Caesars Bails on UAE Just as Things There Are Looking Interesting
Posted on: September 13, 2023, 02:38h.
Last updated on: September 13, 2023, 09:01h.
Caesars Entertainment (NASDAQ: CZR) is abandoning a non-gaming hotel in Dubai just as a new casino policy in the United Arab Emirates (UAE) appears to be taking shape.
In a statement issued earlier Wednesday, Singapore-based hospitality group Banyan Tree announced it’s taking over Caesars Palace Dubai and will rebrand that venue as Banyan Tree Dubai. Caesars Palace Dubai opened in 2018 under the management of “old Caesars.” At that time, there was little more than hope that the UAE would eventually approve casino gaming.
That scenario appears to be changing. Wynn Resorts (NASDAQ: WYNN) is aiming to open its Wynn Al Marjan Island on Al-Marjan Island in early 2027, and that’s widely expected to be the first casino resort anywhere in the Middle East. Fueling speculation that the UAE is warming to approve regulated betting, it recently formed the General Commercial Gaming Regulatory Authority (GCGRA), chaired by former MGM Resorts International (NYSE: MGM) CEO Jim Murren.
MGM is also developing a non-gaming hotel in Dubai. Still, the operator recently acknowledged it set aside 150,000 square feet of space that could be turned into a casino should UAE regulators give gaming the green light.
Is Caesars Making Another International Gaffe?
When Eldorado Resorts announced plans to acquire old Caesars in 2019, CEO Tom Reeg — now at the helm of the Caesars — said that international opportunities would have to be “stupendous” for the combined company to consider expansion outside the US.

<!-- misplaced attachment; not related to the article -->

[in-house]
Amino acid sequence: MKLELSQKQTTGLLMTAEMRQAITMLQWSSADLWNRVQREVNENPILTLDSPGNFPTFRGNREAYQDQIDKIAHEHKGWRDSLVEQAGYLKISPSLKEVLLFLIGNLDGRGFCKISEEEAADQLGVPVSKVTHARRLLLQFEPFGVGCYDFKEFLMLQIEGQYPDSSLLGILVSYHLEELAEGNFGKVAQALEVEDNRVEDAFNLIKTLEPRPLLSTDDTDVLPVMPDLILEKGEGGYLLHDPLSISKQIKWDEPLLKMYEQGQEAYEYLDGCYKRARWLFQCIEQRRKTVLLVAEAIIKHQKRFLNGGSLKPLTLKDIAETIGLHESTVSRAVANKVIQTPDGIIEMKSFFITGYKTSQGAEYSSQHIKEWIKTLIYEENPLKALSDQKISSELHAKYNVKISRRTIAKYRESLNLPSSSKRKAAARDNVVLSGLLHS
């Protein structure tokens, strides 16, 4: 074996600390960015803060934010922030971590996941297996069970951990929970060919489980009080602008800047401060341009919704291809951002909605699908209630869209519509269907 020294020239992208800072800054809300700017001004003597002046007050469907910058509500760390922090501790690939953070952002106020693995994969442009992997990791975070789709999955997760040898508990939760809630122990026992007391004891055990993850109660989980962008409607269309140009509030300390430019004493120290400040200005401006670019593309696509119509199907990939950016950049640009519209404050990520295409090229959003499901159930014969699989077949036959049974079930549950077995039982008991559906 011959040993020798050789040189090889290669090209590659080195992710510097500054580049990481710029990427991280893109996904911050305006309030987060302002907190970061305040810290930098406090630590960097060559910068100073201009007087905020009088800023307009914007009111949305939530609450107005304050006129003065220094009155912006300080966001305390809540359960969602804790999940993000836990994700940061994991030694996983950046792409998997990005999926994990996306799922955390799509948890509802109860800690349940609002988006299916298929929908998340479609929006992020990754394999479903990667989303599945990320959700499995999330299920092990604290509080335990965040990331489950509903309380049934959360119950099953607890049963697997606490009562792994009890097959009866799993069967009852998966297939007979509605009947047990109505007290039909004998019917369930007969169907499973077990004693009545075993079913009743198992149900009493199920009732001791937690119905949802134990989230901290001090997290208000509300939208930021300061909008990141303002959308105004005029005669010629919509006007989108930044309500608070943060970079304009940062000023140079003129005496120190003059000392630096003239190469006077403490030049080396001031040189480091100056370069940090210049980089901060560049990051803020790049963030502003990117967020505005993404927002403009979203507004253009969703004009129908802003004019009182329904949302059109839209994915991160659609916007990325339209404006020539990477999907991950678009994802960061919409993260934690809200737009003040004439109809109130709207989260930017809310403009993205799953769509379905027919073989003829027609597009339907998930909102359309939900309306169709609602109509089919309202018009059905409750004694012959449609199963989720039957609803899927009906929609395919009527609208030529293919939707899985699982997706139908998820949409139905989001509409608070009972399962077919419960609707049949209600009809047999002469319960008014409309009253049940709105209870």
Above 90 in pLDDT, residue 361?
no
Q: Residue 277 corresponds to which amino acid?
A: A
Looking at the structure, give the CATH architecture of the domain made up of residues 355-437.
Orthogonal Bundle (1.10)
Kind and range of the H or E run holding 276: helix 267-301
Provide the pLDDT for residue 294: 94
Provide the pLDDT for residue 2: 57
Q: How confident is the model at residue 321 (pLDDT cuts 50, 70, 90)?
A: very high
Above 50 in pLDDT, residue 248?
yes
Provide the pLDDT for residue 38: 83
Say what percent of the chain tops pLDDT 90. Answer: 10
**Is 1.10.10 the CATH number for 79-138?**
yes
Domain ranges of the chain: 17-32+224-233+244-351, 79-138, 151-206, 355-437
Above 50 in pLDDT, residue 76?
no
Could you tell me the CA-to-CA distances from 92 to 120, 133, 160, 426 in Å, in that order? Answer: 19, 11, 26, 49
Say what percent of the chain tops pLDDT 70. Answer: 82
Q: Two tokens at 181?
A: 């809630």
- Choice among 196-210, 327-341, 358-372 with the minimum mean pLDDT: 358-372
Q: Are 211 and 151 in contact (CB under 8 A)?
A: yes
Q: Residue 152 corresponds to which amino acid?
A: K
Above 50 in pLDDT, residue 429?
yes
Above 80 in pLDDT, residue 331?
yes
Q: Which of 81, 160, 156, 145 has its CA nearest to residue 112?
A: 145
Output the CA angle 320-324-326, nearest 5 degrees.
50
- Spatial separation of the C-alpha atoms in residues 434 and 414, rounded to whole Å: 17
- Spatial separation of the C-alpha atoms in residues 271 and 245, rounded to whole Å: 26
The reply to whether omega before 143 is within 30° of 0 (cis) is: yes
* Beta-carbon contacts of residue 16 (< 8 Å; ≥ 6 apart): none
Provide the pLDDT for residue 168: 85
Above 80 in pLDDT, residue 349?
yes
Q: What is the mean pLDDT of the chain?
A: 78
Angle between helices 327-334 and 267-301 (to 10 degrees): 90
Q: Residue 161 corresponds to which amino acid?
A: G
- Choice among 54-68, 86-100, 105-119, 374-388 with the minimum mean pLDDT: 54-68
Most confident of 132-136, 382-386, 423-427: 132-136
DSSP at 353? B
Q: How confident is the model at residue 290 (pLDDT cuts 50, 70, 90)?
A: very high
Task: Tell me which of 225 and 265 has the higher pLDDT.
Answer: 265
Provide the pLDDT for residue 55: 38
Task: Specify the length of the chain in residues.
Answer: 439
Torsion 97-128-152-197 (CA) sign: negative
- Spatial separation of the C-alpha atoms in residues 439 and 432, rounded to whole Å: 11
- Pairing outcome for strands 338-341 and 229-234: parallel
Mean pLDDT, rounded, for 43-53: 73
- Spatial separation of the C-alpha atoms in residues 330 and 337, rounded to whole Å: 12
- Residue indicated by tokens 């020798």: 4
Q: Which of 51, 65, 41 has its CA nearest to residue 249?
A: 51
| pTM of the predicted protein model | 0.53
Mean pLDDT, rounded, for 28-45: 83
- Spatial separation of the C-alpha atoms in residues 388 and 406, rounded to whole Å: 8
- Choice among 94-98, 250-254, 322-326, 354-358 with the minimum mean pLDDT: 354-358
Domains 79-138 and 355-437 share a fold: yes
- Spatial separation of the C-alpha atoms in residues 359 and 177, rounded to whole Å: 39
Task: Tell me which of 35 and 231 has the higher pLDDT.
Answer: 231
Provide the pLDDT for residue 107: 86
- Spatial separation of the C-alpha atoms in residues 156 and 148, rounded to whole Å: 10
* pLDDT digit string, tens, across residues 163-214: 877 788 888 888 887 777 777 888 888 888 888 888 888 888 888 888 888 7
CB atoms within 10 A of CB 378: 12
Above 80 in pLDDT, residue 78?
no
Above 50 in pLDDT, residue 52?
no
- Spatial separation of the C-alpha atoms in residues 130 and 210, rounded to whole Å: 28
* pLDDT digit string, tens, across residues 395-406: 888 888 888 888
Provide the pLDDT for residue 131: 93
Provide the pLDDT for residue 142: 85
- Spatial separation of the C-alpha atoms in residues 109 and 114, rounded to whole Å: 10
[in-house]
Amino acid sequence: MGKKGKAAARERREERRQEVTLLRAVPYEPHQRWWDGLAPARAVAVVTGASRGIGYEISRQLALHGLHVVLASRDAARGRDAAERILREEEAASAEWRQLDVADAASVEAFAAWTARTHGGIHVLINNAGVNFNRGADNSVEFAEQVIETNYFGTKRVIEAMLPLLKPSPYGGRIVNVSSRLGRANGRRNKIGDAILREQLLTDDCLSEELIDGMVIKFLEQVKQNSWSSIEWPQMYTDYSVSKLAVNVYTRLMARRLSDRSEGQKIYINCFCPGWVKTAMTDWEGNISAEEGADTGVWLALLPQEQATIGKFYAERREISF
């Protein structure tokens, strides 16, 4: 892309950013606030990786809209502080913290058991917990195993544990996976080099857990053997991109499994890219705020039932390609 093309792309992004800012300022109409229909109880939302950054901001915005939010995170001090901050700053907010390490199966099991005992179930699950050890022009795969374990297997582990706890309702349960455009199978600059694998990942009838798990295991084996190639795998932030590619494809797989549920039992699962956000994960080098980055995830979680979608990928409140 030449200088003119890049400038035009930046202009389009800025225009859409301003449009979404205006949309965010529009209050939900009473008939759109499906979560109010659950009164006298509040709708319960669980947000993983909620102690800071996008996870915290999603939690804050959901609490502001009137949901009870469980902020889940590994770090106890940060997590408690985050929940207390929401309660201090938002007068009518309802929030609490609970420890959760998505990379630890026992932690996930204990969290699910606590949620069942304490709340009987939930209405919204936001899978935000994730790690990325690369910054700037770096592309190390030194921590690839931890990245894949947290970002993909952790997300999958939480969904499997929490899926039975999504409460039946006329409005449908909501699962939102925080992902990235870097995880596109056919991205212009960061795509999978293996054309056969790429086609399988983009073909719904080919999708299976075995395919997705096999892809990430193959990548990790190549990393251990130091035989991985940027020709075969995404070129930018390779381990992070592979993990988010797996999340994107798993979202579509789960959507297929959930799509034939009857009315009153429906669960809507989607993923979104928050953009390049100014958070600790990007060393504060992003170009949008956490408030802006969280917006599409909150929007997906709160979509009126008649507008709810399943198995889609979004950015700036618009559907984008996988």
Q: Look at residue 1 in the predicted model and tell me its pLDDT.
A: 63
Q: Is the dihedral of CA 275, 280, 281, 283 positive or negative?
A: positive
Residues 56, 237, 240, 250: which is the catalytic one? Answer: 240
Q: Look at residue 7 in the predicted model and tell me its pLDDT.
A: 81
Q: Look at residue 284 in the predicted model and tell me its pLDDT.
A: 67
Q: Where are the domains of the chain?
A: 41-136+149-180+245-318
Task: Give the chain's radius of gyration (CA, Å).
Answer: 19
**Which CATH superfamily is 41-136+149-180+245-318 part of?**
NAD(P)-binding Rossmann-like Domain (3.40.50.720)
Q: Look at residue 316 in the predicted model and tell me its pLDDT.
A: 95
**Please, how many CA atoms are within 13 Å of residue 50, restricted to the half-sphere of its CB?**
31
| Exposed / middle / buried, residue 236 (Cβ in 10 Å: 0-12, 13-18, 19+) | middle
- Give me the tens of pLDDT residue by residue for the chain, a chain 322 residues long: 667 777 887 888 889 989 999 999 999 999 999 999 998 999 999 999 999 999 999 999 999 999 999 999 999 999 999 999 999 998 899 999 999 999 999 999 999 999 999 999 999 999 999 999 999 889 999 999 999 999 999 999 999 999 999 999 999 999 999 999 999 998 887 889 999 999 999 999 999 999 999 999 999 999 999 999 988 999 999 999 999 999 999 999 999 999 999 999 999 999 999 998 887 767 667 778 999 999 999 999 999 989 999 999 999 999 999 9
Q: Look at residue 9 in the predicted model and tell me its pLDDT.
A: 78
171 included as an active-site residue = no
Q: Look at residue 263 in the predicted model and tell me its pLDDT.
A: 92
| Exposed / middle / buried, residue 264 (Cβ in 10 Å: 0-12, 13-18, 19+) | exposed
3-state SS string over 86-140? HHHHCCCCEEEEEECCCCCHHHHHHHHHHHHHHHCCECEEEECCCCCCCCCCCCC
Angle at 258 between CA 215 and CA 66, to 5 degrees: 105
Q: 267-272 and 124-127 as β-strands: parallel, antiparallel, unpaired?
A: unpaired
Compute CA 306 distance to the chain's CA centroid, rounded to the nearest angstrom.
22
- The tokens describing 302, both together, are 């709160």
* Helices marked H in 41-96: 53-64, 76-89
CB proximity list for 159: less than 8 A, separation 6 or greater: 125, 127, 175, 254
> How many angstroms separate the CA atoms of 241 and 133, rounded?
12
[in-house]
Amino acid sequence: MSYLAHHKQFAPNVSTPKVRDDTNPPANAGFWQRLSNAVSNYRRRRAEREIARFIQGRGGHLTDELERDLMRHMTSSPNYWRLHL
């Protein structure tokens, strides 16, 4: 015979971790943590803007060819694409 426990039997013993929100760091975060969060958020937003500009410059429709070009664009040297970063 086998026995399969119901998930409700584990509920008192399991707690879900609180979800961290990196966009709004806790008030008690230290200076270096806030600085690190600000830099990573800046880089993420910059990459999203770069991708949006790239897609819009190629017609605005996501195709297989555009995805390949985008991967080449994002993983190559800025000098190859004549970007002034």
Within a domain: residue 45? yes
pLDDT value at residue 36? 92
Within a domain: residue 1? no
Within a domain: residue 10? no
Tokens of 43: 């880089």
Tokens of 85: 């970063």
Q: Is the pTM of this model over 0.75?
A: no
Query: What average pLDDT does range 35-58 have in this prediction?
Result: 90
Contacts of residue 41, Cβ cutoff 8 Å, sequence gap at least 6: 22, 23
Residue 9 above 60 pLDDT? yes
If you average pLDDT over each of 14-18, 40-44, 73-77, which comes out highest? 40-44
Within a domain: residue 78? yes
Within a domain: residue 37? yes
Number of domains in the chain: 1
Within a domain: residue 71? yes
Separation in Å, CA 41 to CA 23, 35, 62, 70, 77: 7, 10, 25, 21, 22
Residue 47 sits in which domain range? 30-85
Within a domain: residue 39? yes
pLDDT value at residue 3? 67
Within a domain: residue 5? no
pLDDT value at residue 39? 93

“Stupendous” is in the eye of the beholder, but the UAE would certainly fit the bill in terms of untapped international gaming markets. Owing to abundant oil reserves, it’s one of the wealthiest nations in the world on a per capita basis, and it’s one of the most visited nations, validating the allure held by the likes of Wynn and MGM, among others.
Should casino gaming come to life in the UAE and become a lucrative market, Caesars’ decision to abandon the region before it bears gaming fruit would represent another ominous chapter in the operator’s dubious international history.
Under prior management teams, Caesars missed the opportunity to enter Macau when the special administrative region (SAR) opened to foreign competitors more than two decades ago.
The Harrah’s operator ultimately abandoned the Chinese territory in August 2013 when it sold a previously acquired golf course at a loss. Today, Macau is back to being the largest casino market in the world, as measured by gross gaming revenue (GGR).
Questions Remain About Caesars’ Dubai Decision
Not only is the timing of Caesars Dubai’s decision interesting, it runs counter to comments made by Reeg on a 2022 earnings call in which he implied the company would be interested in a UAE gaming license if the opportunity was presented.
“If there’s an opportunity, you should expect that we would be active, and our brand and building is already open,” he said on the call.
Financial terms of the deal with Banyan Tree weren’t revealed. According to a statement issued by the hospitality group, the Dubai property will reopen later this year as Banyan Tree Dubai.
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